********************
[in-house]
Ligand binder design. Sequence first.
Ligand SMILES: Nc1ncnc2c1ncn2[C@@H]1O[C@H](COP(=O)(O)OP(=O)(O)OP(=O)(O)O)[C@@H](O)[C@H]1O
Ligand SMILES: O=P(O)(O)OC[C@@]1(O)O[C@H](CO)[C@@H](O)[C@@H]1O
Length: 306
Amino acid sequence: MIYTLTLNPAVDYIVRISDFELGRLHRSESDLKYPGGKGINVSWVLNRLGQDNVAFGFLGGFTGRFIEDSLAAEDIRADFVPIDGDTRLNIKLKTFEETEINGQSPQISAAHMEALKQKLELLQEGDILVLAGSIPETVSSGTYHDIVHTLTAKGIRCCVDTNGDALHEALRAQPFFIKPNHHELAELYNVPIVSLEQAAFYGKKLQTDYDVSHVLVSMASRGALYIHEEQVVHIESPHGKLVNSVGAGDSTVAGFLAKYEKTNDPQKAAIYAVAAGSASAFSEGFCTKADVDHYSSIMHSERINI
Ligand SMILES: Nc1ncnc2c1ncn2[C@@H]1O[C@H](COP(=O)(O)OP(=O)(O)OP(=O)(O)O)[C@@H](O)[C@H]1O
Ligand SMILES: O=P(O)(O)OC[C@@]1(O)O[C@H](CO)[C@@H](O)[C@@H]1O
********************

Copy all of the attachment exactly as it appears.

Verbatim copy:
[in-house]
Ligand binder design. Sequence first.
Ligand SMILES: Nc1ncnc2c1ncn2[C@@H]1O[C@H](COP(=O)(O)OP(=O)(O)OP(=O)(O)O)[C@@H](O)[C@H]1O
Ligand SMILES: O=P(O)(O)OC[C@@]1(O)O[C@H](CO)[C@@H](O)[C@@H]1O
Length: 306
Amino acid sequence: MIYTLTLNPAVDYIVRISDFELGRLHRSESDLKYPGGKGINVSWVLNRLGQDNVAFGFLGGFTGRFIEDSLAAEDIRADFVPIDGDTRLNIKLKTFEETEINGQSPQISAAHMEALKQKLELLQEGDILVLAGSIPETVSSGTYHDIVHTLTAKGIRCCVDTNGDALHEALRAQPFFIKPNHHELAELYNVPIVSLEQAAFYGKKLQTDYDVSHVLVSMASRGALYIHEEQVVHIESPHGKLVNSVGAGDSTVAGFLAKYEKTNDPQKAAIYAVAAGSASAFSEGFCTKADVDHYSSIMHSERINI
Ligand SMILES: Nc1ncnc2c1ncn2[C@@H]1O[C@H](COP(=O)(O)OP(=O)(O)OP(=O)(O)O)[C@@H](O)[C@H]1O
Ligand SMILES: O=P(O)(O)OC[C@@]1(O)O[C@H](CO)[C@@H](O)[C@@H]1O